Certain Signs of Civilization
Bridges and Rest Stops
by Everett Wilson
August 27, 2005
We are on the last leg of a 2700-hundred mile journey that was originally going to be a 1500-mile swing to two weddings and a baptism; then another family call filled in the five discretionary days and accounted for another 1200 miles.
The day before yesterday we crossed the Missouri River on a bridge that wasn't there the last time we were in the neighborhood. It is near the mouth of the Niobrara River, not far from where my parents moved themselves, their horses, and their wagon across the Missouri on a ferry some 79 years ago, and where Donna and I took our car on the ferry about forty years ago.
We only used the ferry once, though, because the wait for it was long and tedious. We skirted it a long way around, either through Yankton, forty miles dowriver, or across the Fort Randall Dam at Pickstown, about the same distance upriver. Since Donna's ancestors settled in that corner of Nebraska, the lack of a bridge has made a lot of extra miles for us in the last four decades,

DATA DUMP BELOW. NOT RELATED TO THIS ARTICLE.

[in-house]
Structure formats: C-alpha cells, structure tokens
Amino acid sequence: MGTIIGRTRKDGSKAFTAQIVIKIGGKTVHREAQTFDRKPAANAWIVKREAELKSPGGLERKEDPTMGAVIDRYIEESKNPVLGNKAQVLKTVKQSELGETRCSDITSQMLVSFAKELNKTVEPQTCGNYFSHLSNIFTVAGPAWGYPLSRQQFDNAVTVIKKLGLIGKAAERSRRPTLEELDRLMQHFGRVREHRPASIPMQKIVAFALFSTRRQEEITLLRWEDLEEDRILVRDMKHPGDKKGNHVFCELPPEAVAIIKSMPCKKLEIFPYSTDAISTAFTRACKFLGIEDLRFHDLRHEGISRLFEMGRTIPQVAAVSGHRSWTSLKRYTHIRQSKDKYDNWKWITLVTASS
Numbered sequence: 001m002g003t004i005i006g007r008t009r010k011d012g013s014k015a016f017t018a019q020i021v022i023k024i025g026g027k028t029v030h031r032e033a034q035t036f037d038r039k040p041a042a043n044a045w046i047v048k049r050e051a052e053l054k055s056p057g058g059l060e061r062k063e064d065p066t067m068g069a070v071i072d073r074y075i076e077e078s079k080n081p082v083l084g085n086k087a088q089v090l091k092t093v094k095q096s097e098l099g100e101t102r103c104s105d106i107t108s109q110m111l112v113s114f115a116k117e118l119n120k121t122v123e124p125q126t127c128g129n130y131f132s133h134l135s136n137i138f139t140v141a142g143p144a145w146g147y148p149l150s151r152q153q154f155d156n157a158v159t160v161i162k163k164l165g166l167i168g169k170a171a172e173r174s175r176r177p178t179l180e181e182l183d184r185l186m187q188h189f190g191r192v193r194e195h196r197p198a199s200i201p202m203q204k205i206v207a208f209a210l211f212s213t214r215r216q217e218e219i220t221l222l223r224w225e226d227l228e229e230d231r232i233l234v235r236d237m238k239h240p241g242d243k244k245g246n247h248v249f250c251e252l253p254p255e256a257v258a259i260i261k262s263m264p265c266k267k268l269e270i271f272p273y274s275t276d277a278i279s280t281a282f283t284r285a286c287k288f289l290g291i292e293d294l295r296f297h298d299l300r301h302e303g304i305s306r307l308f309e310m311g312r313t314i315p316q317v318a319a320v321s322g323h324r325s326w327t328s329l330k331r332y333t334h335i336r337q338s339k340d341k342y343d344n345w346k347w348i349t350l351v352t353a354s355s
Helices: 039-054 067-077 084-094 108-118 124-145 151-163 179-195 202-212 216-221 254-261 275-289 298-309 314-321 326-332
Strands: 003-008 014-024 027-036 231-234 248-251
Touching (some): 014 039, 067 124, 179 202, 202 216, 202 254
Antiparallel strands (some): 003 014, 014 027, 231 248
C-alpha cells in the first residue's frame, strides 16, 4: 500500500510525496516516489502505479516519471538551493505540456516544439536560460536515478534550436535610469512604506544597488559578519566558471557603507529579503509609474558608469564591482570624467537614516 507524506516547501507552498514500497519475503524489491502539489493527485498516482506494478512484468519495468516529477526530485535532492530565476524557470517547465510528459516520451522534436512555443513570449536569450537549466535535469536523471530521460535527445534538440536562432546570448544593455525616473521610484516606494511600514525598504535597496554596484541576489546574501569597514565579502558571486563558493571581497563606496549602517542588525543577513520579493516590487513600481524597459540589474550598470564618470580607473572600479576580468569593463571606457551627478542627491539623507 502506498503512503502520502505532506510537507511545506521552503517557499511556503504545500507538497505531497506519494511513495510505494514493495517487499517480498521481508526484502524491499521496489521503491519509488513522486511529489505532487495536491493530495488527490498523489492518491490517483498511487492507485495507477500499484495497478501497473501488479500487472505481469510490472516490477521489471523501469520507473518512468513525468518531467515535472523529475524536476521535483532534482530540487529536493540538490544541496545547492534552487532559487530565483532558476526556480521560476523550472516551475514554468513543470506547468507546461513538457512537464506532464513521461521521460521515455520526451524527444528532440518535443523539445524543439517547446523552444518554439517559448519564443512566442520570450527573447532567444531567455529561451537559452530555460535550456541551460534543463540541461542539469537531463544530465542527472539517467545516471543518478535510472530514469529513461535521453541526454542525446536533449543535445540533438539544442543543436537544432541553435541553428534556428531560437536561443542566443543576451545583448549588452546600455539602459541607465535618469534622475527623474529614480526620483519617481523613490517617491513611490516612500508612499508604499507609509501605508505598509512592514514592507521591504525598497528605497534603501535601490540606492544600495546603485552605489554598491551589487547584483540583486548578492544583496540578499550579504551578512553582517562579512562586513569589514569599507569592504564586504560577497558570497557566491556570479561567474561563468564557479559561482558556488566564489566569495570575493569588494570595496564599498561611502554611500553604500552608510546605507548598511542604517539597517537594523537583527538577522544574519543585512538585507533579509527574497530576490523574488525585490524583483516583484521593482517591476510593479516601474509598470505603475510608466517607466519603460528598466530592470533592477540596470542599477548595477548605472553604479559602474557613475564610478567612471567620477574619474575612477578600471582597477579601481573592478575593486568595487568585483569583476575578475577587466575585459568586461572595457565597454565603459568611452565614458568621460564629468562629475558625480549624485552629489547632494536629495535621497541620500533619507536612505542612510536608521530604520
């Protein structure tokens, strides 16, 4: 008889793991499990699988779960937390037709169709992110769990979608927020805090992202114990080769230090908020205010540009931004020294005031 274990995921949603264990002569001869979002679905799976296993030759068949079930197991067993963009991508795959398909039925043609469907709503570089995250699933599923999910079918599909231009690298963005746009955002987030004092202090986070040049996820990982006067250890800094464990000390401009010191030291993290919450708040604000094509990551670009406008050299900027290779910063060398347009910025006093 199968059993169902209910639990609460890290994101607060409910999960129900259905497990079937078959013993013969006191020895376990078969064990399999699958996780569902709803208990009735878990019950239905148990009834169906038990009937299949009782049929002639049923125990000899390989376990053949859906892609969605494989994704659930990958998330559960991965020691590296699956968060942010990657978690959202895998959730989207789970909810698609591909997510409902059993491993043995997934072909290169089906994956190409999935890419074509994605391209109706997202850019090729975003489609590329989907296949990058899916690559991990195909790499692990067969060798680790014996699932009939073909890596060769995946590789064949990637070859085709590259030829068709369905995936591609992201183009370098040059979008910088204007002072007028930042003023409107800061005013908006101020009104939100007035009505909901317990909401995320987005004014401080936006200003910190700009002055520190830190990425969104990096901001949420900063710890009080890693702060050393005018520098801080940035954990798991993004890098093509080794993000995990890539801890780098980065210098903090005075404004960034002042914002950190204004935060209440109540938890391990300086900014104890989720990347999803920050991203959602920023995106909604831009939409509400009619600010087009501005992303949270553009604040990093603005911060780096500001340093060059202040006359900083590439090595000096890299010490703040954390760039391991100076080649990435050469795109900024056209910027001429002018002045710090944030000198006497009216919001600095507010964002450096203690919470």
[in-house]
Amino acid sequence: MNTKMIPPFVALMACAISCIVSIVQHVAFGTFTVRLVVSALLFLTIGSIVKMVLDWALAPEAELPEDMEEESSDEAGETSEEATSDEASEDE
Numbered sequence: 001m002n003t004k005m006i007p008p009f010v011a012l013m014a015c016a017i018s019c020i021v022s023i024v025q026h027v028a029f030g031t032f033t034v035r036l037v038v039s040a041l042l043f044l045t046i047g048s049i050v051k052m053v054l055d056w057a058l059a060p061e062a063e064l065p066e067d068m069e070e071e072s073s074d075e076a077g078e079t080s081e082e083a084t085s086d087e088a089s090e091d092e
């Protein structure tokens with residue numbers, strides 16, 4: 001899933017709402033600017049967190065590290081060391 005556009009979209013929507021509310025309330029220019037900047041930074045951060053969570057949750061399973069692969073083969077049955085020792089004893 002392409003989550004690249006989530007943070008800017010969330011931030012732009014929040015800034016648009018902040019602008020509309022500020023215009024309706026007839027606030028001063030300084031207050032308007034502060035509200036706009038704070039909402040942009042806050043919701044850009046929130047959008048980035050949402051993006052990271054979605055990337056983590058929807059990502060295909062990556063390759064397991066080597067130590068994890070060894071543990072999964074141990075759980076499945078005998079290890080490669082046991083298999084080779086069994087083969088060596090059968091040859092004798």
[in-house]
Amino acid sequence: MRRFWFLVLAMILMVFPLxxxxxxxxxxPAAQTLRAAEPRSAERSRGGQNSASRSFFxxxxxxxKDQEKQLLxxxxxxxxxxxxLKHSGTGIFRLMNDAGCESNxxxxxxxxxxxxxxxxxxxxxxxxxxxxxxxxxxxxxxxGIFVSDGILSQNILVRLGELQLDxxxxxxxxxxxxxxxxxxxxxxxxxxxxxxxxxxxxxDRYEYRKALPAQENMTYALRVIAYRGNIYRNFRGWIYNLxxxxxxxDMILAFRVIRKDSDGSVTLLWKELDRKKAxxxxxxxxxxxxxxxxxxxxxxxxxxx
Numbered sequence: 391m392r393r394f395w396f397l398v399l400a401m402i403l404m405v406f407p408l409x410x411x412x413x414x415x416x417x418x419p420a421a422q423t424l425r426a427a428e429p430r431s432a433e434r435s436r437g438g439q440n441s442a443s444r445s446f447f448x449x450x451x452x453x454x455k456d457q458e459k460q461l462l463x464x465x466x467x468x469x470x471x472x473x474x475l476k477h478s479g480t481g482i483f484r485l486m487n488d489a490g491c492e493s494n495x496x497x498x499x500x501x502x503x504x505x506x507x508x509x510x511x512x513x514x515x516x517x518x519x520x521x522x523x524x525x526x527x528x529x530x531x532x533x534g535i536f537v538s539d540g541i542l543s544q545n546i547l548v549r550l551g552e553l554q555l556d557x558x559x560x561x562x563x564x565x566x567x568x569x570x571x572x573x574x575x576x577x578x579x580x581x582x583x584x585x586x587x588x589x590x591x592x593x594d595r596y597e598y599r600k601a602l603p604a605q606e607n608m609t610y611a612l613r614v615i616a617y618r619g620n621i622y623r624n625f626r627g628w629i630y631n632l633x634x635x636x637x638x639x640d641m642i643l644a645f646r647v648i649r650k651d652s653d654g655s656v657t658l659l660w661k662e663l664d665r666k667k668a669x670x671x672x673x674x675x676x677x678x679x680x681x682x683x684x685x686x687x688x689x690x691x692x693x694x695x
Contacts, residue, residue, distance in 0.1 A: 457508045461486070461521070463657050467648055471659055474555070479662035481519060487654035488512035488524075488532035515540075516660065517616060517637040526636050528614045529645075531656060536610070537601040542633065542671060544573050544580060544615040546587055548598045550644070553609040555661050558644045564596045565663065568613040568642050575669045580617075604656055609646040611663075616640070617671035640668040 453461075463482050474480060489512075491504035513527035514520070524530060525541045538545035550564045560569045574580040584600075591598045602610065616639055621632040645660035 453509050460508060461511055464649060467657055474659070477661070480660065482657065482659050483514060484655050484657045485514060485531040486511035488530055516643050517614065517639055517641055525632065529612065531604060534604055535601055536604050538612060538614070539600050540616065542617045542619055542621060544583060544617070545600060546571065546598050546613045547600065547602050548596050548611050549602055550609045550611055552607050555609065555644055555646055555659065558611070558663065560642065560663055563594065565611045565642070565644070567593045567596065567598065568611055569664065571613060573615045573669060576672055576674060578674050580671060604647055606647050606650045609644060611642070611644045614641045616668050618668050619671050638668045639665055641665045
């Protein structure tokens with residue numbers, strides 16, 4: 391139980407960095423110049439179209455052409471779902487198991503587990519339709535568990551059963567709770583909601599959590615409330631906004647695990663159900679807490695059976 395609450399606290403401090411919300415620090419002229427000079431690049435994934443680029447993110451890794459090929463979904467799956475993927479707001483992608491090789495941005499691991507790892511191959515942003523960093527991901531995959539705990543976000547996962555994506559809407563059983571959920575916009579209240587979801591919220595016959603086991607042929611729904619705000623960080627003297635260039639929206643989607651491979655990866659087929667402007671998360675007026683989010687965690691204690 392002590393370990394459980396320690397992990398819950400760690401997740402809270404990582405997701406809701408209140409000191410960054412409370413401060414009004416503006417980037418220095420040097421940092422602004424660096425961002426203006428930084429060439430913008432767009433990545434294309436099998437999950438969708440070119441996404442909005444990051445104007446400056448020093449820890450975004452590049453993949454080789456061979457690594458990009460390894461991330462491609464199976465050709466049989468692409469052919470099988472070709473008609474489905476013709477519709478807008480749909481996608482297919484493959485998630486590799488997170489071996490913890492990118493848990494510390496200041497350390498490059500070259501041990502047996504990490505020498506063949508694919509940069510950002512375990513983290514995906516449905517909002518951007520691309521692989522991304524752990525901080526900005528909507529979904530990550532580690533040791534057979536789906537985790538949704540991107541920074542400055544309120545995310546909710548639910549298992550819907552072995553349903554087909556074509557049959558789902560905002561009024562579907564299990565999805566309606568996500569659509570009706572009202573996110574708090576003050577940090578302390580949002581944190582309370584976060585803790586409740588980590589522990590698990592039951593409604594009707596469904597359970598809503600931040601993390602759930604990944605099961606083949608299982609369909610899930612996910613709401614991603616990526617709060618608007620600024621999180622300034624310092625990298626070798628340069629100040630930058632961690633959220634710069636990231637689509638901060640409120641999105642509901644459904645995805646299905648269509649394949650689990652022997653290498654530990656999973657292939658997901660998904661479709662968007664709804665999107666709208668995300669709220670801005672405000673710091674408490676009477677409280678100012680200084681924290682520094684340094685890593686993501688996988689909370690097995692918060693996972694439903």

Before we crossed the bridge, we also viewed it from a distance. It is a thing of beauty. Most bridges are, if you really look at them, but they are not built to be looked at. They are built to be crossed.
Rest areas have other uses. The states that provide them (Minnesota is a shining example) make them not only functional but beautiful. For their primary use, they do not have to be beautiful. That they so often are, when the same basic service is supplied by convenience stores at most exits, is a sign of civilization.
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